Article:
Hello,(adsbygoogle = window.adsbygoogle || []).push({});

it is well-known that the Chi-square test between an observed distributionOand an expected distributionEcan be interpreted as a test based on (twice) the second order Taylor approximation of the Kullback-Leibler divergence, i.e.: [tex]2\,\mathcal{D}_{KL}(O \| E) \approx \sum_i \frac{(O_i-E_i)^2}{E_i} = \chi^2[/tex]

whereiis the bin of the histogram (or contigency table). A proof is given here (page 5).

The question is: how do we know that each of the error terms [itex]\frac{(O_i-E_i)^2}{E_i}[/itex] on the right side of the above equation follows a normal distributionN(0,1)? There is probably some some assumption to be made...?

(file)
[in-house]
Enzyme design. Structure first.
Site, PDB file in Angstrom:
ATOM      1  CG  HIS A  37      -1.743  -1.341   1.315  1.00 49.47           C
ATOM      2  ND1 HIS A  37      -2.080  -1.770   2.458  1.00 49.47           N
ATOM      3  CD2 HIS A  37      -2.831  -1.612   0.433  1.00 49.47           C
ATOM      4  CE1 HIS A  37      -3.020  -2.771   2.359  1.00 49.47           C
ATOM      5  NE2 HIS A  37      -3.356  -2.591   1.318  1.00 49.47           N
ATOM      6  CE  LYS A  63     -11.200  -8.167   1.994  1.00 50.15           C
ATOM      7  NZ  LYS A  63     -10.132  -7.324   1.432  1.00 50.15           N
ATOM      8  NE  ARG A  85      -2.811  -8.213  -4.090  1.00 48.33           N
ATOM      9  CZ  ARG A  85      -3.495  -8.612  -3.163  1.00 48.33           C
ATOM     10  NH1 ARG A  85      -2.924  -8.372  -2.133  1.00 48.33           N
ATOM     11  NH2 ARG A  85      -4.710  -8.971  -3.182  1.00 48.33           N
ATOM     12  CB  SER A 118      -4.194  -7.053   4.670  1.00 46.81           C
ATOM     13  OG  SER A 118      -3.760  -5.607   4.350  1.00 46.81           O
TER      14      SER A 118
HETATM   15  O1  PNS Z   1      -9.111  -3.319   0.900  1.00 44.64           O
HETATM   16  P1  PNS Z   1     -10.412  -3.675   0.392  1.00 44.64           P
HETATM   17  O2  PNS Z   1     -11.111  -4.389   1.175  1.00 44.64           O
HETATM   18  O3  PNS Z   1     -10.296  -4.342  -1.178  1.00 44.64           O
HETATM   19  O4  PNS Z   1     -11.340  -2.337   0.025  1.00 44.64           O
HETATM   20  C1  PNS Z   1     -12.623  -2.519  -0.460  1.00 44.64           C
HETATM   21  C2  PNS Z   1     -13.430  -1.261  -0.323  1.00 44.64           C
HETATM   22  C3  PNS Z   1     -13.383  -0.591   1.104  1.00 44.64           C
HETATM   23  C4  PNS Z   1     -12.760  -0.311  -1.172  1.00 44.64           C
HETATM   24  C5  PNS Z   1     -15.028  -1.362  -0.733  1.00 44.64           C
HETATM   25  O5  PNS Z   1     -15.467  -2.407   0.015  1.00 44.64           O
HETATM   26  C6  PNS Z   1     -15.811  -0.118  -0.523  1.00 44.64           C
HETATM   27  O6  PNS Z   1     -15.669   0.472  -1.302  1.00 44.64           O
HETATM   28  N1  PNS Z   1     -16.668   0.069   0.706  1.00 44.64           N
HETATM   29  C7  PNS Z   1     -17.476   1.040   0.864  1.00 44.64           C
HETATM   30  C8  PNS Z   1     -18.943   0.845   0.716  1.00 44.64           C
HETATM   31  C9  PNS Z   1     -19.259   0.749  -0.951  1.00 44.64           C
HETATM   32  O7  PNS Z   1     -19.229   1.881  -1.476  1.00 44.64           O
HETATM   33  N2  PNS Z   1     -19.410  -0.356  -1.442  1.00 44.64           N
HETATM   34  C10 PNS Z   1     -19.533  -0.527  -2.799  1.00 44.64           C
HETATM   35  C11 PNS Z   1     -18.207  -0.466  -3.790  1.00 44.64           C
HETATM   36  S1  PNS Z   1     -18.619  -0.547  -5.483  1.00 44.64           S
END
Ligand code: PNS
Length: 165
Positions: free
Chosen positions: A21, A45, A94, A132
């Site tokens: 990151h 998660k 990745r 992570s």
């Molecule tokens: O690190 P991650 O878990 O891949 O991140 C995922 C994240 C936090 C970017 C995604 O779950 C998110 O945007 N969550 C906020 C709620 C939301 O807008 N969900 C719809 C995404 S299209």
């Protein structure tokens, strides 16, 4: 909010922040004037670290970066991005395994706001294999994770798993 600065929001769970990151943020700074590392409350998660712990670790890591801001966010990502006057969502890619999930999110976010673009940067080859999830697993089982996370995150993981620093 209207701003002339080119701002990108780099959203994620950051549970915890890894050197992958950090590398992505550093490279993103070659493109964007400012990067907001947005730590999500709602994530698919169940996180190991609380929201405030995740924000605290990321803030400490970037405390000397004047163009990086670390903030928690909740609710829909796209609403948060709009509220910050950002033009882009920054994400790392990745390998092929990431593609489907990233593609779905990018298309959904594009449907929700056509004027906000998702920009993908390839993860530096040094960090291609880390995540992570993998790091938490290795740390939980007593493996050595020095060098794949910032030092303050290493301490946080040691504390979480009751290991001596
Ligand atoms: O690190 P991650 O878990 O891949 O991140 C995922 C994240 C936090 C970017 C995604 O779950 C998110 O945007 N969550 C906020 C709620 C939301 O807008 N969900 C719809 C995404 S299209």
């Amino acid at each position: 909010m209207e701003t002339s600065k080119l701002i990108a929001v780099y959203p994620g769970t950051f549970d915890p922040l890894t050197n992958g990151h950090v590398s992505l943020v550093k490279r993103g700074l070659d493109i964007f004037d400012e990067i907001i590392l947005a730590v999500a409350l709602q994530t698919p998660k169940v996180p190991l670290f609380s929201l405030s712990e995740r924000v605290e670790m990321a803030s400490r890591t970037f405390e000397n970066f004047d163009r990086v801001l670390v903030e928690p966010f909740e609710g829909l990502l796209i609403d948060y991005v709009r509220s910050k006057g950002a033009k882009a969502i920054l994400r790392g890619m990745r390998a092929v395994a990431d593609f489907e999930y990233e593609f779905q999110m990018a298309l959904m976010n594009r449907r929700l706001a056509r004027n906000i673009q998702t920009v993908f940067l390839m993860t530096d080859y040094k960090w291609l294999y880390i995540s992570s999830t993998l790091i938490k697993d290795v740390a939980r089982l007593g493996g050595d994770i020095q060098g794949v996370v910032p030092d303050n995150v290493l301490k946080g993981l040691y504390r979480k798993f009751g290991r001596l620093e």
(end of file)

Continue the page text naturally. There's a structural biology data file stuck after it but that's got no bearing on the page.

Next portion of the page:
**Physics Forums - The Fusion of Science and Community**

The friendliest, high quality science and math community on the planet! Everyone who loves science is here!

# Chi-square test: why does it follow a Chi-square distribution

Loading...

Similar Threads - square test does | Date |
---|---|

I Online sourses to learn chi square test of homogeneity | Feb 9, 2017 |

A Outliers categorical data? | Dec 3, 2016 |

I About chi-squared and r-squared test for fitting data | Nov 2, 2016 |

A Chi squared test for data with error | Jun 16, 2016 |

Can a Chi2 test be used on uniform p test results? | Aug 14, 2015 |

**Physics Forums - The Fusion of Science and Community**